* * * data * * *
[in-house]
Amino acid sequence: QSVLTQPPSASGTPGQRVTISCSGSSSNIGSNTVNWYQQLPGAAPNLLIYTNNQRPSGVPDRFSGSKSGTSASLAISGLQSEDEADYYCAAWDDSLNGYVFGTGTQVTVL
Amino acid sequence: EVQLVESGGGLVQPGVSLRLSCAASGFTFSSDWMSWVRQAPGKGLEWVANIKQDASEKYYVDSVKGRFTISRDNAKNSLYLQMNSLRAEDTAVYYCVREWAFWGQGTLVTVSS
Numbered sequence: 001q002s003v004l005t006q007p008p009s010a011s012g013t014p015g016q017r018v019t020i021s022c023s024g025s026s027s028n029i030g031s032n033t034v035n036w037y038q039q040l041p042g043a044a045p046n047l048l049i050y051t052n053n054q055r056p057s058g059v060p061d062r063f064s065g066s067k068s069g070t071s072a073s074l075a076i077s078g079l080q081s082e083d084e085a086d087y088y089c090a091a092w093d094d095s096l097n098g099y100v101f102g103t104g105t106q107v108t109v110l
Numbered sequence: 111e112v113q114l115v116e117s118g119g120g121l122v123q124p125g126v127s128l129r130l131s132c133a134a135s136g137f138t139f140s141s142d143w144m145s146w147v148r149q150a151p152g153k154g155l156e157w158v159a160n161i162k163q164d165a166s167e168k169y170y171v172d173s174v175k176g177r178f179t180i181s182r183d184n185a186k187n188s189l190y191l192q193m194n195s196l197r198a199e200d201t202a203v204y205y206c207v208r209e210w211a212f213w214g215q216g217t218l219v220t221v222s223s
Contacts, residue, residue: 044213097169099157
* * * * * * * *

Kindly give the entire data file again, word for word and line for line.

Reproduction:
[in-house]
Amino acid sequence: QSVLTQPPSASGTPGQRVTISCSGSSSNIGSNTVNWYQQLPGAAPNLLIYTNNQRPSGVPDRFSGSKSGTSASLAISGLQSEDEADYYCAAWDDSLNGYVFGTGTQVTVL
Amino acid sequence: EVQLVESGGGLVQPGVSLRLSCAASGFTFSSDWMSWVRQAPGKGLEWVANIKQDASEKYYVDSVKGRFTISRDNAKNSLYLQMNSLRAEDTAVYYCVREWAFWGQGTLVTVSS
Numbered sequence: 001q002s003v004l005t006q007p008p009s010a011s012g013t014p015g016q017r018v019t020i021s022c023s024g025s026s027s028n029i030g031s032n033t034v035n036w037y038q039q040l041p042g043a044a045p046n047l048l049i050y051t052n053n054q055r056p057s058g059v060p061d062r063f064s065g066s067k068s069g070t071s072a073s074l075a076i077s078g079l080q081s082e083d084e085a086d087y088y089c090a091a092w093d094d095s096l097n098g099y100v101f102g103t104g105t106q107v108t109v110l
Numbered sequence: 111e112v113q114l115v116e117s118g119g120g121l122v123q124p125g126v127s128l129r130l131s132c133a134a135s136g137f138t139f140s141s142d143w144m145s146w147v148r149q150a151p152g153k154g155l156e157w158v159a160n161i162k163q164d165a166s167e168k169y170y171v172d173s174v175k176g177r178f179t180i181s182r183d184n185a186k187n188s189l190y191l192q193m194n195s196l197r198a199e200d201t202a203v204y205y206c207v208r209e210w211a212f213w214g215q216g217t218l219v220t221v222s223s
Contacts, residue, residue: 044213097169099157